Is there such a thing as a fair queue when buying sports tickets online?

When’s the last time you bought a ticket for a sporting event online?

You might remember the problems many people had securing tickets for the London Olympics back in 2012, where website glitches and various delays left many people frustrated (we covered it in this post about web performance nightmares).

Or perhaps you have recently been part of an online queue to buy tickets to the England Rugby World Cup, or to one of many Premiership Football games.

The popularity of these events and the relative scarcity of actual tickets to be sold puts the businesses selling them and maintaining these websites in a unique position. Even when you pretty much know you’re going to sell out, why should you care about the customer experience?

For one thing, fans are quick to voice their disapproval of a bad experience online and lose faith in the process altogether. Let’s take a look at some of the things being said on social media about the online ticket buying experience.

Inconsistent or unfair queue

Sometimes you get placed into a queue, but it never seems to move. Or your position seems to jump around at random, giving you little confidence that the information being shown to you is at all meaningful.

Here are some examples of this from people trying to buy tickets for the Rugby World Cup:

Get to the back of the line – Kicked out of the queue

There’s nothing worse than investing your time into waiting in line for something, only to get to the front and suddenly find yourself at the back of the queue. Are you going to go through the wait all over again or just abandon the queue and your purchase?

It seems like the fans of quite a few football clubs have suffered this fate:

Website crash – No chance to buy

Queues can be frustrating, but even worse is when a site simply breaks and won’t let you make your purchase. This is often down to the popularity of the tickets in question overloading the website with traffic.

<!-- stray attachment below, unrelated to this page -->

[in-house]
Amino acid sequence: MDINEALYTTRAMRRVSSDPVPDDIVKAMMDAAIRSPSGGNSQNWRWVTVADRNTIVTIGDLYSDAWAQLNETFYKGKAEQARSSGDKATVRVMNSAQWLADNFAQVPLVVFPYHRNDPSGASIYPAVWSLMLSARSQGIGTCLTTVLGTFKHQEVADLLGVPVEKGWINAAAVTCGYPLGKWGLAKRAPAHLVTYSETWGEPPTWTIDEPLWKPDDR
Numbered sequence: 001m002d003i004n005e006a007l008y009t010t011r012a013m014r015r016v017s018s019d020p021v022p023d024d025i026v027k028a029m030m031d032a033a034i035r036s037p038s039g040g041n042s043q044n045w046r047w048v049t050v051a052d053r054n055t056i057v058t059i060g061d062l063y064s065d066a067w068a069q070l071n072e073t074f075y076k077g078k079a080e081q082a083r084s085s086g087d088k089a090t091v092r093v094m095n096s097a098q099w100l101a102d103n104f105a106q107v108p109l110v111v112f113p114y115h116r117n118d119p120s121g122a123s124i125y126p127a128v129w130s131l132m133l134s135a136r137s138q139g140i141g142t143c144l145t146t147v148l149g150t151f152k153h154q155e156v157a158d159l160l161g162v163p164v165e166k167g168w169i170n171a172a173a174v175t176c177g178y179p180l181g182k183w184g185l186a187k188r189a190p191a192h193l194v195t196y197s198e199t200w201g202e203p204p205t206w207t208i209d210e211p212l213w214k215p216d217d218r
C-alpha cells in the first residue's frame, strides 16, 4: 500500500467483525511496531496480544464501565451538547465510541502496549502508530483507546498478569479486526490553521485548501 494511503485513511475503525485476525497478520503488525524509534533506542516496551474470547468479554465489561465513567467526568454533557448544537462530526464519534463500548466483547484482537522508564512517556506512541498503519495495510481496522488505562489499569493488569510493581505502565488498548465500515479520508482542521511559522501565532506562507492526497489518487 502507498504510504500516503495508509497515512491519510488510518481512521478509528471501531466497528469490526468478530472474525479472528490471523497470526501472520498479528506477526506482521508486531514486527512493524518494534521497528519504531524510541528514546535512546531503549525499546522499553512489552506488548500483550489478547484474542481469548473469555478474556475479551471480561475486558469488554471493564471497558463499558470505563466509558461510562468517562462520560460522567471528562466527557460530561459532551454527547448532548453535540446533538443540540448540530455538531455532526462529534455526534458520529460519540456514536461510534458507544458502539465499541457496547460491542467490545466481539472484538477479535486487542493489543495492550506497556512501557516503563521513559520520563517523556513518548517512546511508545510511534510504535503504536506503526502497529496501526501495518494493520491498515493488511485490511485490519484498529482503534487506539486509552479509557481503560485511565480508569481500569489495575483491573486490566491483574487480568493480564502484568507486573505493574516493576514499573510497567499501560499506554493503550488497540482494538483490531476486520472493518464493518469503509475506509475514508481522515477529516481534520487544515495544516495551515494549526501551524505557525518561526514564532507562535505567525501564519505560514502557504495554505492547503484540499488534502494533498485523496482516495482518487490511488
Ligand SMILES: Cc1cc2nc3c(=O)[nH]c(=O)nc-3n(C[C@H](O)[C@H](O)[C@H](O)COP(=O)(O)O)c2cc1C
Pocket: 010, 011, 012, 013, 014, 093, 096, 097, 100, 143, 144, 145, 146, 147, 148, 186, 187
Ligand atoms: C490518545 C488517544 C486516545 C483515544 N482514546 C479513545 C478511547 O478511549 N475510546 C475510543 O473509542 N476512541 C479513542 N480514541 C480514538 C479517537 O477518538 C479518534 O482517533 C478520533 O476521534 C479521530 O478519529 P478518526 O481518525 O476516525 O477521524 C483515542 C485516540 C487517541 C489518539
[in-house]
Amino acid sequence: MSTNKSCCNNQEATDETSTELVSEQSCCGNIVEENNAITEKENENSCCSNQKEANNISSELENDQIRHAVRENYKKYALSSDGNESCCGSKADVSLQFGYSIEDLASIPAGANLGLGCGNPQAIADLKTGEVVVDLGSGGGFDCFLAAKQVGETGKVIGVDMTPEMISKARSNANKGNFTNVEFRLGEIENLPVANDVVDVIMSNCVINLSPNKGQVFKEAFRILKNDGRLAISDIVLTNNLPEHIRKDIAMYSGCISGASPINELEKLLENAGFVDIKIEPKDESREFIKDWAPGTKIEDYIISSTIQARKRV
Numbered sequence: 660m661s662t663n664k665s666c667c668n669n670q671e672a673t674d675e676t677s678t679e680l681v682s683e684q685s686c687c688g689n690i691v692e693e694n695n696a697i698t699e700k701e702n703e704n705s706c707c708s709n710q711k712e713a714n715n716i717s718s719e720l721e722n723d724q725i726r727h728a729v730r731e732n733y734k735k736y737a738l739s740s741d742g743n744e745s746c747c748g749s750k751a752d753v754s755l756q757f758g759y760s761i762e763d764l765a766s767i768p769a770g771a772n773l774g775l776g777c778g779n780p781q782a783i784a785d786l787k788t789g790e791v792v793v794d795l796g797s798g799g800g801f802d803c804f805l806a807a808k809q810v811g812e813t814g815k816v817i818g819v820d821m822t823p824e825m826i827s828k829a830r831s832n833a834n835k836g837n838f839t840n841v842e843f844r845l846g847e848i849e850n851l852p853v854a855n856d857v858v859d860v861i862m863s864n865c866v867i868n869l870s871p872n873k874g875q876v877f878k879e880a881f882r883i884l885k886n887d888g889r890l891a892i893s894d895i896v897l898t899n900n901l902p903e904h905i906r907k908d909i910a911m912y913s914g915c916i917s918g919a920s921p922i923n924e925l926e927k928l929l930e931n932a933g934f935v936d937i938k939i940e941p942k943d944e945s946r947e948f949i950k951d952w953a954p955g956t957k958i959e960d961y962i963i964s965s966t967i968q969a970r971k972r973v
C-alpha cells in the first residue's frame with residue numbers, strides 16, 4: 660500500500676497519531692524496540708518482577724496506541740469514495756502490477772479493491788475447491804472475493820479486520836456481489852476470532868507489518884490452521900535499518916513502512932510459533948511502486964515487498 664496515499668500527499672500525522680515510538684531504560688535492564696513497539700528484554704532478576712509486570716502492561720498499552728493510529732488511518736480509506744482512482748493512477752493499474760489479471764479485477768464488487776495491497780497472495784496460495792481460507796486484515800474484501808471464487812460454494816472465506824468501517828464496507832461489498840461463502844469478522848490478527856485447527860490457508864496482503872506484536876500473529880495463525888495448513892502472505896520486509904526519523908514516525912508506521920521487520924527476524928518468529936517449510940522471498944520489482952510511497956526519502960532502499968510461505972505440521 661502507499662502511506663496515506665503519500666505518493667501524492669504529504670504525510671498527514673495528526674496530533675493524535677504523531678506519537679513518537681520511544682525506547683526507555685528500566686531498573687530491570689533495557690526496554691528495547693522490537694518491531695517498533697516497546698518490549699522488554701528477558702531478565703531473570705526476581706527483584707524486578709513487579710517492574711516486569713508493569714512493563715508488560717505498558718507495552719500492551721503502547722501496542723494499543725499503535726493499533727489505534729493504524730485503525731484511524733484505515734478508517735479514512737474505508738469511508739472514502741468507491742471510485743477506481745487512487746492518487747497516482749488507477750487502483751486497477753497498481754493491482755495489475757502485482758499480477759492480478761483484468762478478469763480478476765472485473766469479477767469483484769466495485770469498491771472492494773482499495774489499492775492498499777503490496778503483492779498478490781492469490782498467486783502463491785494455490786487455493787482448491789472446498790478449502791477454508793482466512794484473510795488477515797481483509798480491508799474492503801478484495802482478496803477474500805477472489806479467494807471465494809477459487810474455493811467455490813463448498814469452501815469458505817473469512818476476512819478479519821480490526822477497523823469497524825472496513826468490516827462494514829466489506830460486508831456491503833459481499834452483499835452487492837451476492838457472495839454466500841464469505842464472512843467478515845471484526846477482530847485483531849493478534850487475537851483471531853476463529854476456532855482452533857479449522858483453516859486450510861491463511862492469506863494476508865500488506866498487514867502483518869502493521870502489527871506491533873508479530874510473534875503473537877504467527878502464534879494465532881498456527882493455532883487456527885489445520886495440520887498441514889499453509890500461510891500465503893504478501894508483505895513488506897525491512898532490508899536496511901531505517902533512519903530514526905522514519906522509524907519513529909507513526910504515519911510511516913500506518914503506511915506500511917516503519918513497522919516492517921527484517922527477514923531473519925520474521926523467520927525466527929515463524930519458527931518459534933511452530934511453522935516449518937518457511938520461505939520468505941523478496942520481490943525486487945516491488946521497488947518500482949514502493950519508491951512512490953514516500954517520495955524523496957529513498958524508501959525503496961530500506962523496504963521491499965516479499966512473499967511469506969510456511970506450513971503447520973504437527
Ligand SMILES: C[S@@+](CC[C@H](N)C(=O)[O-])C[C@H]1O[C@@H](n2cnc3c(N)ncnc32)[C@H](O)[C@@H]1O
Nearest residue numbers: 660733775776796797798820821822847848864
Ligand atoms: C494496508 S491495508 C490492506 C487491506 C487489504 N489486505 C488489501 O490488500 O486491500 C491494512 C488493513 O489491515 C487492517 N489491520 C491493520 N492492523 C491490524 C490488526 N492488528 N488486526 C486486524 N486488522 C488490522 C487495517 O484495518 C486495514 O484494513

Here are a few examples from top football clubs:

So why should ticketing site owners care?

Clearly fans become very frustrated by unfair, inconsistent or broken ticket sales. It makes sense for ticket vendors to use a queue to try to create a fair environment for fans whilst allowing the website to cope gracefully with the high levels of traffic, but often it seems the technology behind these queues are not up to scratch (as evidenced in the above tweets).

What can they do about it?

Intechnica have developed TrafficDefender, a solution specifically designed to provide the best possible customer experience during high demand web events such as ticket sales.

TrafficDefender is built to cope with extreme peaks in traffic to ensure the website defended won’t go down. What’s more, its advanced queueing functionality allows visitors to access the website or specified area of the website in a controlled “first in, first out” manner, always shows accurate information to those waiting, and has advanced features such as live reporting and VIP visitors.

Find out more about TrafficDefender


Performance Nightmare: Rhythm and Vines Music Festival

Rhythm and Vines Music Festival

Performance is especially critical in transactional websites targeted at social media savvy customers

Setting the scene: The Rhythm and Vines Music Festival (established 2003) is an annual music festival in Gisbourne, New Zealand traditionally taking place during New Year. It started as a small New Year’s Eve celebration featuring Kiwi musical acts and was attended by 1,800 people in its first year. This expanded to a three day international festival, with 25,000 people attending in 2010. In the 2011 pre-sales period, 4,000 tickets were sold.

Performance Nightmare:When pre-sales opened for the 2012 festival, demand doubled from the previous year, bringing down the ticketing website. The website had troubles soon after launching, but was struck down again by overwhelming demand soon after relaunching. This was made worse for users by the fact that the website seemed to process their order and took their money, but would not confirm their purchase, instead displaying an error message. The festival organisers tried to keep customers up to date on the status of the site via Facebook and Twitter but both sites were hit by hundreds of negative comments from frustrated users, many of whom confused about the status of their payments. The festival’s sales manager announced that these orders were now being processed manually, which has to be a big strain on time and resources.

Systems need to scale with increasing demand. Photo: http://www.facebook.com/rhythm.vines


Be sure to check back (or subscribe) to the blog to see more Performance Nightmares as they are reported!

Intechnica are a full service digital agency offering performance assurance and complex application development. We solve performance problems!